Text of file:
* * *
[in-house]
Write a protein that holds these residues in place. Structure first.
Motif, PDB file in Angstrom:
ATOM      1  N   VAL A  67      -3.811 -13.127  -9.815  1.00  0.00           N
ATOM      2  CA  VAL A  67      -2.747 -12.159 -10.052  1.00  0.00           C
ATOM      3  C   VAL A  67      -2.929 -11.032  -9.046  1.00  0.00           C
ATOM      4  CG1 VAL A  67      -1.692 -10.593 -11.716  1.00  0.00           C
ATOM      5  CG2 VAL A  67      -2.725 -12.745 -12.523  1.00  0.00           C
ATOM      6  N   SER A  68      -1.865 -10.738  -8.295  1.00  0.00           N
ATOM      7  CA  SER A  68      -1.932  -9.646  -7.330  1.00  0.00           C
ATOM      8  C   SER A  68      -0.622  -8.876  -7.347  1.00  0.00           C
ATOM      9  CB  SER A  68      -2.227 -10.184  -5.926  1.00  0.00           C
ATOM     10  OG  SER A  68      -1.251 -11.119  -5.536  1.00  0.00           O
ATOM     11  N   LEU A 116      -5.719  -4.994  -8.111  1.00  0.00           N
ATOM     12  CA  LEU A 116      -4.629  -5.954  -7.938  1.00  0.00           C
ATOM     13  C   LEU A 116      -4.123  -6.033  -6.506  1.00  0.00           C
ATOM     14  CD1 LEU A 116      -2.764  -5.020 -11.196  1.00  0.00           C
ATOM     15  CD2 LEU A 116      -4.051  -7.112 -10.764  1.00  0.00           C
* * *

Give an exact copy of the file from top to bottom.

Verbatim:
[in-house]
Write a protein that holds these residues in place. Structure first.
Motif, PDB file in Angstrom:
ATOM      1  N   VAL A  67      -3.811 -13.127  -9.815  1.00  0.00           N
ATOM      2  CA  VAL A  67      -2.747 -12.159 -10.052  1.00  0.00           C
ATOM      3  C   VAL A  67      -2.929 -11.032  -9.046  1.00  0.00           C
ATOM      4  CG1 VAL A  67      -1.692 -10.593 -11.716  1.00  0.00           C
ATOM      5  CG2 VAL A  67      -2.725 -12.745 -12.523  1.00  0.00           C
ATOM      6  N   SER A  68      -1.865 -10.738  -8.295  1.00  0.00           N
ATOM      7  CA  SER A  68      -1.932  -9.646  -7.330  1.00  0.00           C
ATOM      8  C   SER A  68      -0.622  -8.876  -7.347  1.00  0.00           C
ATOM      9  CB  SER A  68      -2.227 -10.184  -5.926  1.00  0.00           C
ATOM     10  OG  SER A  68      -1.251 -11.119  -5.536  1.00  0.00           O
ATOM     11  N   LEU A 116      -5.719  -4.994  -8.111  1.00  0.00           N
ATOM     12  CA  LEU A 116      -4.629  -5.954  -7.938  1.00  0.00           C
ATOM     13  C   LEU A 116      -4.123  -6.033  -6.506  1.00  0.00           C
ATOM     14  CD1 LEU A 116      -2.764  -5.020 -11.196  1.00  0.00           C
ATOM     15  CD2 LEU A 116      -4.051  -7.112 -10.764  1.00  0.00           C